Differential wear and plastic deformation as causes of squat at track local stiffness change combined with other track short defects

January 1, 2009 in

    Journal Paper

    Zili Li
    Xin Zhao
    Rolf Dollevoet
    Maria Molodova

    DOI 10.1080/00423110801935855


    Vehicle System Dynamics
    Volume 46, Issue 1, Pages 237-246

    Publishing date: 2008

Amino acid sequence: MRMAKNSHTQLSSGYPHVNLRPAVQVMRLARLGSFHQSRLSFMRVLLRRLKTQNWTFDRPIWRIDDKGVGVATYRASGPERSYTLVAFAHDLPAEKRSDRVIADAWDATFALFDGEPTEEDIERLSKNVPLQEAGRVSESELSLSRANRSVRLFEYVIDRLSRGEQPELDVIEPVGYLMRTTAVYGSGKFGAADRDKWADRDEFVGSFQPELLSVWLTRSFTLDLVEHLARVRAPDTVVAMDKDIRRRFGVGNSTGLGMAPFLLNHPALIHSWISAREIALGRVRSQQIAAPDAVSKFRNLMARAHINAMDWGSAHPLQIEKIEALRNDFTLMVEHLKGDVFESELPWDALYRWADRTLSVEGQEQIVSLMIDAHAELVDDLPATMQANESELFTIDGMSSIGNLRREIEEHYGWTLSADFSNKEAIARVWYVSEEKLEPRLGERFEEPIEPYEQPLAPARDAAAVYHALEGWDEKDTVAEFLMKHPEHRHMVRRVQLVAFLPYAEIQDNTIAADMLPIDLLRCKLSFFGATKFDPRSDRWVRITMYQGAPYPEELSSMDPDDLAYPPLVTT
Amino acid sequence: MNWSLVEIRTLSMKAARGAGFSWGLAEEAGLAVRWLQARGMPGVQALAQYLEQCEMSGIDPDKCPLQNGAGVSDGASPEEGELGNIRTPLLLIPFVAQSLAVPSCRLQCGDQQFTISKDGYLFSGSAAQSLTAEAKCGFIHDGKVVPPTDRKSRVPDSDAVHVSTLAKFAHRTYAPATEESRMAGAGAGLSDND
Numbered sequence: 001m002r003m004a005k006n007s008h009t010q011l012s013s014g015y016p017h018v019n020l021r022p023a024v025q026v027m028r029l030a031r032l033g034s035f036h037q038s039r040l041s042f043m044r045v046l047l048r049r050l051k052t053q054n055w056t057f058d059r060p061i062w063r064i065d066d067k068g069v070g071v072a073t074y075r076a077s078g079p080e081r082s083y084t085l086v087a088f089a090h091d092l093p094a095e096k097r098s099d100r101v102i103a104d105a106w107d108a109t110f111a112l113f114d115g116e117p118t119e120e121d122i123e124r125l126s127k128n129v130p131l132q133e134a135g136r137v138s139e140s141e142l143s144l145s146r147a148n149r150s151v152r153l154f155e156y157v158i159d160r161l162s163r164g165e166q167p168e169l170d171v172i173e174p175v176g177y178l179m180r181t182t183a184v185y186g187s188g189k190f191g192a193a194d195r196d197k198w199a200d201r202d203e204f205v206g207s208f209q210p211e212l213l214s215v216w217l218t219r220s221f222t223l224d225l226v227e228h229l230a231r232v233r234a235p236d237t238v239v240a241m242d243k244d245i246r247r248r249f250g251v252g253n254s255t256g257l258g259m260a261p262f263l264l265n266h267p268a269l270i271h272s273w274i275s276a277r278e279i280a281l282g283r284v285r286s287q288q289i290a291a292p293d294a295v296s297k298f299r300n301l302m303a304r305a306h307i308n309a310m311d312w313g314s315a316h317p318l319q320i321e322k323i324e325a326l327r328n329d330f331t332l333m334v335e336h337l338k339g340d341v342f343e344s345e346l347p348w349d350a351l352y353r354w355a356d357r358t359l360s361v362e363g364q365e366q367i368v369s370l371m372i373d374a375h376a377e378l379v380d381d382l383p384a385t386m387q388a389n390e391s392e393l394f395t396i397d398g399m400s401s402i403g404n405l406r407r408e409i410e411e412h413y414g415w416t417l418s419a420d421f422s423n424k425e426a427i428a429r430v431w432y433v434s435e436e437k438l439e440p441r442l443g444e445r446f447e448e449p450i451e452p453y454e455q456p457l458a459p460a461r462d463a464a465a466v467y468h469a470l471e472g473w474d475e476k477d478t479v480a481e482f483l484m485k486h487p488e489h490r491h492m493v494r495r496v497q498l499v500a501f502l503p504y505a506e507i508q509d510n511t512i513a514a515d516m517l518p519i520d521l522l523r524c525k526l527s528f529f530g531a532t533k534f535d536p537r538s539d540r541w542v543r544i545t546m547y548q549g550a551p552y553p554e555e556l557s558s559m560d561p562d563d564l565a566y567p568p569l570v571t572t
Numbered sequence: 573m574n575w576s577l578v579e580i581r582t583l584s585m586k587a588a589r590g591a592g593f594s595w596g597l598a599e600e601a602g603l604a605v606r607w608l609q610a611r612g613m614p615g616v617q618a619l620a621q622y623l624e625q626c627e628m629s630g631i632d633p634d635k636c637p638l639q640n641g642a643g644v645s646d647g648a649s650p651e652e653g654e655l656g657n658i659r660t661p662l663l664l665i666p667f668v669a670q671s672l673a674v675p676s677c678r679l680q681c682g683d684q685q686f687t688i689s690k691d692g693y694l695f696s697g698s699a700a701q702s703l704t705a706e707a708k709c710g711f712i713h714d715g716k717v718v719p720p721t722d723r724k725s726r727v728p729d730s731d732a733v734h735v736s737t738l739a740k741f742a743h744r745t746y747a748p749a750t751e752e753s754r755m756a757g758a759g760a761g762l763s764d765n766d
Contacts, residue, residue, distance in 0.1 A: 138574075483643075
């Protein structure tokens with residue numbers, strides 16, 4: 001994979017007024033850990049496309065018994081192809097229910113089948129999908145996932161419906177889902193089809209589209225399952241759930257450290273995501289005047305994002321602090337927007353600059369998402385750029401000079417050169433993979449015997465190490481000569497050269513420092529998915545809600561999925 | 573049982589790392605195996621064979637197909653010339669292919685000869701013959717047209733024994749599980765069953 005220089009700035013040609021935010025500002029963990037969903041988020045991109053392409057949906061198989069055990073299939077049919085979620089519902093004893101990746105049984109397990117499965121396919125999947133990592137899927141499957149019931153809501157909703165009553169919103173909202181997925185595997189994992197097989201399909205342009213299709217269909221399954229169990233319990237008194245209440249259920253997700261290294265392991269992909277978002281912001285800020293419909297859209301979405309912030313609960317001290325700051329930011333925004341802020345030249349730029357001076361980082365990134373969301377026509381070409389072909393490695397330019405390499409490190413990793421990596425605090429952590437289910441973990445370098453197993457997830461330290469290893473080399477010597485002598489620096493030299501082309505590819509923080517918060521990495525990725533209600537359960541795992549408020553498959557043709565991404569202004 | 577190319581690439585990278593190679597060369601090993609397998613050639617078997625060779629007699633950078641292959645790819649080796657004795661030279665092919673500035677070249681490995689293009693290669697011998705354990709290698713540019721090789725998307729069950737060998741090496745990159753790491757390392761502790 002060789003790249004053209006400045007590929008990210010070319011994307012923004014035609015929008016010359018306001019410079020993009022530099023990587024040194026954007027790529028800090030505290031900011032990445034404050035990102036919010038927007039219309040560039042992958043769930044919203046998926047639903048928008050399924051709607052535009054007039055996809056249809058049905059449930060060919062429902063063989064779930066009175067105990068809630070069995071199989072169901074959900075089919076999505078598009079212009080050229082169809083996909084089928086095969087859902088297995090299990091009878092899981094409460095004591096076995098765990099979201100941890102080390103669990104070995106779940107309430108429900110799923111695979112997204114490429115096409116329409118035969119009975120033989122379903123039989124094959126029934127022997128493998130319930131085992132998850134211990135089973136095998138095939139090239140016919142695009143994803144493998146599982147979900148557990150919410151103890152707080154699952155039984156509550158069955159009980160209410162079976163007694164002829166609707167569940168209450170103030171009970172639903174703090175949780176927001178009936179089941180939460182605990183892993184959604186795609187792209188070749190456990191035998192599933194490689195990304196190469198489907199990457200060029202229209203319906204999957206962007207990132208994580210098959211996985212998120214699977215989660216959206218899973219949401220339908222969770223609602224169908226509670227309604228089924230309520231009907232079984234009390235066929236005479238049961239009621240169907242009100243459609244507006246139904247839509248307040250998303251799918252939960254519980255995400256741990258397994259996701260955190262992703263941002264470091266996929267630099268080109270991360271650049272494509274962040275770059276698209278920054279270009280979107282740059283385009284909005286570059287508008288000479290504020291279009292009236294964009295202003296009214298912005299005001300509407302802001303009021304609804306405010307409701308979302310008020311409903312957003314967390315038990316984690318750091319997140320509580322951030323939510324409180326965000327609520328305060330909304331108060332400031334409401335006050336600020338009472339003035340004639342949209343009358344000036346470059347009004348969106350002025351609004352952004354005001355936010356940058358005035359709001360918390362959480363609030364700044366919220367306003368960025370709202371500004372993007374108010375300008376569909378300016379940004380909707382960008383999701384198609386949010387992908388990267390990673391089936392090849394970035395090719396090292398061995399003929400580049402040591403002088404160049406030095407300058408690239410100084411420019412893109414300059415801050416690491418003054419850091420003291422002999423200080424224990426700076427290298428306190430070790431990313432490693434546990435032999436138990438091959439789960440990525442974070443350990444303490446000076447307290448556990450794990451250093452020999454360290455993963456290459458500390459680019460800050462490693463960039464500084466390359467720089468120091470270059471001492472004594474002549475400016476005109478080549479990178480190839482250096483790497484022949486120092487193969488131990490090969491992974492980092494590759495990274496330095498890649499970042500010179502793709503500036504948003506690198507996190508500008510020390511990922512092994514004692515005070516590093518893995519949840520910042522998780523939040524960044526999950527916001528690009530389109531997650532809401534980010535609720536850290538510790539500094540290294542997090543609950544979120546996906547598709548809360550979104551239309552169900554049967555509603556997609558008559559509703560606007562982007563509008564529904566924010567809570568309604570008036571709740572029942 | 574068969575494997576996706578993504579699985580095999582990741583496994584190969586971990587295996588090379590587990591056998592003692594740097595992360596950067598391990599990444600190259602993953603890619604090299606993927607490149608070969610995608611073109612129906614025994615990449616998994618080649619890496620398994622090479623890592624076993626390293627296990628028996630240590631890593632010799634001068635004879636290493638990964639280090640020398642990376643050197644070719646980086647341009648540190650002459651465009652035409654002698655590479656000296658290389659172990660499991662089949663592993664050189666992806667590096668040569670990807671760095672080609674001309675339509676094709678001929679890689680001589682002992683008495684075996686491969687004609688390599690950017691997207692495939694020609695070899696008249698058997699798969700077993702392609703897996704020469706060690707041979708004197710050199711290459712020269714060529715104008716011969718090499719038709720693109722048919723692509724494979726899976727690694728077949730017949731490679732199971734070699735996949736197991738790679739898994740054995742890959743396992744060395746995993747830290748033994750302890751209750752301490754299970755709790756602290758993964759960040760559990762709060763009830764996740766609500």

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    Squats have become a major problem in the track of many railways. In the quest for the root causes of squats, it is observed that they are occasionally found at locations of track stiffness changes such as at fish-plated insulated joints and at switches and crossings. Obviously, there should be other factors in the track, which, together with the stiffness change, have played important roles otherwise there will be squats at all such locations. A validated hybrid multibody-finite element model of vehicle–track vertical interaction is extended to simulate the frictional dynamic rolling contact at a fish-plated insulated joint in order to identify such factors. Elastic–plastic rail material property is taken into account. It is found that it is track short defect in the preload condition of the bolts and the contact between the fishplates and the rail head, which together with the stiffness change, causes large normal and longitudinal contact force variation at the fishplate end so that differential wear and differential plastic deformation may accumulate at a fixed location. With proper wavelength, the accumulated rail top geometry deviation may grow into a squat. The significance of the present work lies in that other track short defects such as damaged and improper railpads and fastening, and ballast voids may also have such effects, which may be responsible for a large portion of the many squats in the tracks. This gives the direction for further work.